DeFrancesco addressed the team during a whirlwind Sunday morning in which he met the media and filled out his first lineup card.
"We had a greet meeting," pitcher Bud Norris said. "He definitely re-energized this group, and I'm excited for these last 41 games. We have to go out and play hard and have something more to fight for."
Mills, who was hired prior to the 2010 season, went 171-274 in 445 games as manager, suffering through a 106-loss season a year ago. Players who have been dealing with a flurry of changes on the roster were digesting a change in the managerial chair on Sunday morning.
"It's one of those things with this game and this business that the only certainty is change," veteran catcher Chris Snyder said. "I think a change here will be good. It mixes things up a little bit and gives these guys a fresh start."
DeFrancesco is no stranger to many of the players, having spent the last two seasons at the helm of the Astros' Triple-A affiliate in Oklahoma City. Several players on the 25-man roster have had experience playing for DeFrancesco, including seven who were in the starting lineup Sunday against the D-backs.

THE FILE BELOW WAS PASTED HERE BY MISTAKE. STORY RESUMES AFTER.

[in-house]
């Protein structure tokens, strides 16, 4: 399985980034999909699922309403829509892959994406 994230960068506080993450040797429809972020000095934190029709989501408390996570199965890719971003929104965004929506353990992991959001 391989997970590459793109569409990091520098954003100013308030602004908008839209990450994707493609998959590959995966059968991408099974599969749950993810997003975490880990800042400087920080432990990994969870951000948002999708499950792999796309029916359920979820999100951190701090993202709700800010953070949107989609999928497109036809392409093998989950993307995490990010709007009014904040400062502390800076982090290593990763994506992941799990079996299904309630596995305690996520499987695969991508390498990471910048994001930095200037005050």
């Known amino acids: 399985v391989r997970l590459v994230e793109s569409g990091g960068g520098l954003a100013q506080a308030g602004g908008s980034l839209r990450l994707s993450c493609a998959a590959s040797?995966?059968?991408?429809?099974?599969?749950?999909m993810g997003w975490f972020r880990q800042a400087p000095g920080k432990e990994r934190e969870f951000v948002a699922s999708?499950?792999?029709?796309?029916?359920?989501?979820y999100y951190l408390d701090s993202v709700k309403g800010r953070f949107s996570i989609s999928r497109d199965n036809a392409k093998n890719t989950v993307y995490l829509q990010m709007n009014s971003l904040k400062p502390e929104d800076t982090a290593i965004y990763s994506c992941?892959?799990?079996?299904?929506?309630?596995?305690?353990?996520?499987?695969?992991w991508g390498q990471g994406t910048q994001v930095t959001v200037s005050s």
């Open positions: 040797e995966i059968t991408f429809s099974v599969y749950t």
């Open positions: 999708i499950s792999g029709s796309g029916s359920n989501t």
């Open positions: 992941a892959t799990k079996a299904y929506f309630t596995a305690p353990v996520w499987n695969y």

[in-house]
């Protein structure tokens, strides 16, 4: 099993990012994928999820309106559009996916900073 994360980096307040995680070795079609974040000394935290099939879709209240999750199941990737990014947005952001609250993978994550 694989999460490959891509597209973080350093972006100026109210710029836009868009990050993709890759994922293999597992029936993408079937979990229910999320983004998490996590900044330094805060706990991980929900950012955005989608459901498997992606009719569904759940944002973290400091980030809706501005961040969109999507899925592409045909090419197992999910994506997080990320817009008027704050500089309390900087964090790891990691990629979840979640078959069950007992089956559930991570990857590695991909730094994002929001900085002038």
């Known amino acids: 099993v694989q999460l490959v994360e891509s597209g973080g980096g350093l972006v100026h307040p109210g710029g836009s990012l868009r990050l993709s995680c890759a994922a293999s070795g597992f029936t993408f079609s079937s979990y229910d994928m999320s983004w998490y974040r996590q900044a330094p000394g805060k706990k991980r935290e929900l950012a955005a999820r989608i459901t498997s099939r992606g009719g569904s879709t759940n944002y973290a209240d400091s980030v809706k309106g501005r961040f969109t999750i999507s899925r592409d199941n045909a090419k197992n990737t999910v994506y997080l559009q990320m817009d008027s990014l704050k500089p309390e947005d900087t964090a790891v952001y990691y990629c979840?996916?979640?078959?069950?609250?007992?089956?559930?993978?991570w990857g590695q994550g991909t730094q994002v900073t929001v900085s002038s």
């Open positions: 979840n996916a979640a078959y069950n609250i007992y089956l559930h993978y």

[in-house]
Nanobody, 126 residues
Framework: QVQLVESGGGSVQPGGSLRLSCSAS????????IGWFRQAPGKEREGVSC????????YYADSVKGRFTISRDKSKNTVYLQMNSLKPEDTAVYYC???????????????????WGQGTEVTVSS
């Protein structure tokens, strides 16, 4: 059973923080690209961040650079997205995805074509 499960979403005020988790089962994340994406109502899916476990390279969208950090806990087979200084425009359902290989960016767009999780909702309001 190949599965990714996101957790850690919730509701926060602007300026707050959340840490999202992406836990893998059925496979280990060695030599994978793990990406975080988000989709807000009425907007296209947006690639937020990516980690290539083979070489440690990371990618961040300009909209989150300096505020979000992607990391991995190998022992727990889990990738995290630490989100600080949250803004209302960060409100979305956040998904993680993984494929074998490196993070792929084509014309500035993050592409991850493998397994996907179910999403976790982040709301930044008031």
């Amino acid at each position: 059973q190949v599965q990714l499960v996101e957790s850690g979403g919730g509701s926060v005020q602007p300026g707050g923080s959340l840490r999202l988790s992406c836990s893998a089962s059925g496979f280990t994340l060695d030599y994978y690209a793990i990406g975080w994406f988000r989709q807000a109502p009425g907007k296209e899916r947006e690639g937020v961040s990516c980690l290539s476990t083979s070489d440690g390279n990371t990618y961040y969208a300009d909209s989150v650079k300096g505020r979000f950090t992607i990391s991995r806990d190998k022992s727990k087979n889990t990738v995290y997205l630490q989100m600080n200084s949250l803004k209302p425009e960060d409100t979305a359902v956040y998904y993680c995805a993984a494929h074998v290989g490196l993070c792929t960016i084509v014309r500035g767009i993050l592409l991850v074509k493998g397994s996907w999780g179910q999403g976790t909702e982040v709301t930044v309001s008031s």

"He's going to try to get us going and try to motivate us, and I think the biggest thing he wants to do is win," infielder Brett Wallace said. "Whatever our record is, he's not worried about what we've done in the past. He wants us to go out there and compete."
DeFrancesco, who has a 1,235-1,088 record in the Minor Leagues, spent seven years managing at Triple-A Sacramento in the Oakland system prior to joining the Astros, and has 17 seasons of managerial experience, overall.
"It's definitely exciting when someone gets called up that's been grinding it out at the Minor League level," Wallace said. "You kind of root for him. He's awesome. He's paid his dues, and hopefully he can help us turn this thing around."
Wallace knows DeFrancesco better than anybody, having played 44 games for him in Sacramento in 2009 and 114 combined at Oklahoma City the last two years.
"He's passionate," Wallace said. "He likes to win and he's a motivator. At the end of the day, he's always won and he wants us to get better every day and work hard. He keeps it pretty loose. He's not a real uptight guy. He can joke around with you and have fun, and I think that's the biggest thing."
Wright said the onus is on the players to get better on the field.
"No matter who the manager is, the players have to go out there and make plays," Wright said. "We're the guys on the field, and we're pretty much responsible for the wins and losses, for the most part. It comes down to what we do on the field. The manager can bring what he can, but at the end of the day, it's all about the players."